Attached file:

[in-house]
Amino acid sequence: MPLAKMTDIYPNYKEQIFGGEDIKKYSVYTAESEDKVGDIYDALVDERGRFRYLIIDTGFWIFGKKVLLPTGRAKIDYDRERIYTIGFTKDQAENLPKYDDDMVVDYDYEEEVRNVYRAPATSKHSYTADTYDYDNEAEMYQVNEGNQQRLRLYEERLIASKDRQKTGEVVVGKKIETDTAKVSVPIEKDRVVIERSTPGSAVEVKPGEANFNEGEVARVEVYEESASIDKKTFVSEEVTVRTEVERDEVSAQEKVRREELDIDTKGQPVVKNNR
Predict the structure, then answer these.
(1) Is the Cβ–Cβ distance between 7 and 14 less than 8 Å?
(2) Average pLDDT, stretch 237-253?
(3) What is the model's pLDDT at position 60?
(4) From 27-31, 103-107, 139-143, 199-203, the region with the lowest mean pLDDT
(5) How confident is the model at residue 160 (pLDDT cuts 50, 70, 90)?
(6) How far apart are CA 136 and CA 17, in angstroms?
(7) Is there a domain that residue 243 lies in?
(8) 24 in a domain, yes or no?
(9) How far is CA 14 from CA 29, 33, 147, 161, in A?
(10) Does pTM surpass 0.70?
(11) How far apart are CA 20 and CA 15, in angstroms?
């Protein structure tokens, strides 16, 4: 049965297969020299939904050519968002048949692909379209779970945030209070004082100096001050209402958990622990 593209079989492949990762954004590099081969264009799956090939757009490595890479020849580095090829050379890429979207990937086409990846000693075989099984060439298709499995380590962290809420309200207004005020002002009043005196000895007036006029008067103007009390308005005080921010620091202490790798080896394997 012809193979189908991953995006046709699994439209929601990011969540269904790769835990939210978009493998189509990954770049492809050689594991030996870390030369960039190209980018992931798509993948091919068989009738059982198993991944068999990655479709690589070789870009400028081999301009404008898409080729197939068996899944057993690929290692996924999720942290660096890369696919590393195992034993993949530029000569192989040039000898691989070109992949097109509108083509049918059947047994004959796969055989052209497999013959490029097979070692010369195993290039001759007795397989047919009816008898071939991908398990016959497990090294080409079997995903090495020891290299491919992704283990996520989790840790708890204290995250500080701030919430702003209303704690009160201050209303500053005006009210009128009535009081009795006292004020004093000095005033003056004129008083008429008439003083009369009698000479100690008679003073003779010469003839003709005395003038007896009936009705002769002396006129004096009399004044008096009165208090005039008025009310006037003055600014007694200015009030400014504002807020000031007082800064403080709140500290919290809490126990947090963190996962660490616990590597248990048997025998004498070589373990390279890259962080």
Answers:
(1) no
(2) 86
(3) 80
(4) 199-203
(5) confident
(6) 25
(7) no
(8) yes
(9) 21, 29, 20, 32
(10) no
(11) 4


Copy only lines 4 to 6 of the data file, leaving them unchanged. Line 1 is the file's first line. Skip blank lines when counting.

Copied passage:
(1) Is the Cβ–Cβ distance between 7 and 14 less than 8 Å?
(2) Average pLDDT, stretch 237-253?
(3) What is the model's pLDDT at position 60?